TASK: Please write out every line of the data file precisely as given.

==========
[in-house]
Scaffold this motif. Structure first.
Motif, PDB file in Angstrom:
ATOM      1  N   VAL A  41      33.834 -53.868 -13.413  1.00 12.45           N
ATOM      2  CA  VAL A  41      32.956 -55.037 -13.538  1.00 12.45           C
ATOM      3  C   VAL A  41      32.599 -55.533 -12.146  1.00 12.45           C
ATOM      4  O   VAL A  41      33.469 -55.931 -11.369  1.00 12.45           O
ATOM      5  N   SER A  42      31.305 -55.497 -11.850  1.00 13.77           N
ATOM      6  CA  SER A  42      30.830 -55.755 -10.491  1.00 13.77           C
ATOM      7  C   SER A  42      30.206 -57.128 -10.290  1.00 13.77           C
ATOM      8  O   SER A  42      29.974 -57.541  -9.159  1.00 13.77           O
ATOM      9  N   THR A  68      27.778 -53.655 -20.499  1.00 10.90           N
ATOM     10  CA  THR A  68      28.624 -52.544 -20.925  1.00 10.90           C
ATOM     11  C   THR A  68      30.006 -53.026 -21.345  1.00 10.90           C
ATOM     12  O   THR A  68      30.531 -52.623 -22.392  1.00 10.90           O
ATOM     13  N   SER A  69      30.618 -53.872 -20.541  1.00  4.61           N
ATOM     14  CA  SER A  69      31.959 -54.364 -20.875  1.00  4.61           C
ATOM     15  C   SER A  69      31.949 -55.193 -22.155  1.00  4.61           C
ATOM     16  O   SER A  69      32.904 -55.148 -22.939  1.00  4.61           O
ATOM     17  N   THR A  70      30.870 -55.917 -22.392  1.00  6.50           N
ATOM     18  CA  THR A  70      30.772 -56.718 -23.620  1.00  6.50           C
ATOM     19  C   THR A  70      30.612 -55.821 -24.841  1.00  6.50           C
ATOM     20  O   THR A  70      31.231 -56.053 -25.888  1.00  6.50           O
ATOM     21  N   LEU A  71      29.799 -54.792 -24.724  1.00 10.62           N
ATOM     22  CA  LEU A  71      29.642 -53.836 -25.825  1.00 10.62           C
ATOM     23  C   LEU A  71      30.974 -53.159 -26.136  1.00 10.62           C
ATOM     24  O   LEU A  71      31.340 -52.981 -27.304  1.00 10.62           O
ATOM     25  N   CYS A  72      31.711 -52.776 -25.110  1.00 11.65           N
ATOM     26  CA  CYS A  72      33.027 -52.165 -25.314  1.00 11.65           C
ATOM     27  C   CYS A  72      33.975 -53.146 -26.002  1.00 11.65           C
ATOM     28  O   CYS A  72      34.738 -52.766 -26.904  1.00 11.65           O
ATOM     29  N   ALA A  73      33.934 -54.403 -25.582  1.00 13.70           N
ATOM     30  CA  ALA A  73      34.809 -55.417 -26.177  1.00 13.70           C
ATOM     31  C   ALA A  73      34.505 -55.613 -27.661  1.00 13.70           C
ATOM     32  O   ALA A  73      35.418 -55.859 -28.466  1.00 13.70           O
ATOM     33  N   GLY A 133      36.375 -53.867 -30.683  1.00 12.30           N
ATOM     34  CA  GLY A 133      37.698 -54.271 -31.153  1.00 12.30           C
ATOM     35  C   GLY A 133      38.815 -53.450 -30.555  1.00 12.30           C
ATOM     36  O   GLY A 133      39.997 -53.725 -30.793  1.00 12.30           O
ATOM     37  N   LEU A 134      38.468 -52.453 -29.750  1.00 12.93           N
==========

[in-house]
Scaffold this motif. Structure first.
Motif, PDB file in Angstrom:
ATOM      1  N   VAL A  41      33.834 -53.868 -13.413  1.00 12.45           N
ATOM      2  CA  VAL A  41      32.956 -55.037 -13.538  1.00 12.45           C
ATOM      3  C   VAL A  41      32.599 -55.533 -12.146  1.00 12.45           C
ATOM      4  O   VAL A  41      33.469 -55.931 -11.369  1.00 12.45           O
ATOM      5  N   SER A  42      31.305 -55.497 -11.850  1.00 13.77           N
ATOM      6  CA  SER A  42      30.830 -55.755 -10.491  1.00 13.77           C
ATOM      7  C   SER A  42      30.206 -57.128 -10.290  1.00 13.77           C
ATOM      8  O   SER A  42      29.974 -57.541  -9.159  1.00 13.77           O
ATOM      9  N   THR A  68      27.778 -53.655 -20.499  1.00 10.90           N
ATOM     10  CA  THR A  68      28.624 -52.544 -20.925  1.00 10.90           C
ATOM     11  C   THR A  68      30.006 -53.026 -21.345  1.00 10.90           C
ATOM     12  O   THR A  68      30.531 -52.623 -22.392  1.00 10.90           O
ATOM     13  N   SER A  69      30.618 -53.872 -20.541  1.00  4.61           N
ATOM     14  CA  SER A  69      31.959 -54.364 -20.875  1.00  4.61           C
ATOM     15  C   SER A  69      31.949 -55.193 -22.155  1.00  4.61           C
ATOM     16  O   SER A  69      32.904 -55.148 -22.939  1.00  4.61           O
ATOM     17  N   THR A  70      30.870 -55.917 -22.392  1.00  6.50           N
ATOM     18  CA  THR A  70      30.772 -56.718 -23.620  1.00  6.50           C
ATOM     19  C   THR A  70      30.612 -55.821 -24.841  1.00  6.50           C
ATOM     20  O   THR A  70      31.231 -56.053 -25.888  1.00  6.50           O
ATOM     21  N   LEU A  71      29.799 -54.792 -24.724  1.00 10.62           N
ATOM     22  CA  LEU A  71      29.642 -53.836 -25.825  1.00 10.62           C
ATOM     23  C   LEU A  71      30.974 -53.159 -26.136  1.00 10.62           C
ATOM     24  O   LEU A  71      31.340 -52.981 -27.304  1.00 10.62           O
ATOM     25  N   CYS A  72      31.711 -52.776 -25.110  1.00 11.65           N
ATOM     26  CA  CYS A  72      33.027 -52.165 -25.314  1.00 11.65           C
ATOM     27  C   CYS A  72      33.975 -53.146 -26.002  1.00 11.65           C
ATOM     28  O   CYS A  72      34.738 -52.766 -26.904  1.00 11.65           O
ATOM     29  N   ALA A  73      33.934 -54.403 -25.582  1.00 13.70           N
ATOM     30  CA  ALA A  73      34.809 -55.417 -26.177  1.00 13.70           C
ATOM     31  C   ALA A  73      34.505 -55.613 -27.661  1.00 13.70           C
ATOM     32  O   ALA A  73      35.418 -55.859 -28.466  1.00 13.70           O
ATOM     33  N   GLY A 133      36.375 -53.867 -30.683  1.00 12.30           N
ATOM     34  CA  GLY A 133      37.698 -54.271 -31.153  1.00 12.30           C
ATOM     35  C   GLY A 133      38.815 -53.450 -30.555  1.00 12.30           C
ATOM     36  O   GLY A 133      39.997 -53.725 -30.793  1.00 12.30           O
ATOM     37  N   LEU A 134      38.468 -52.453 -29.750  1.00 12.93           N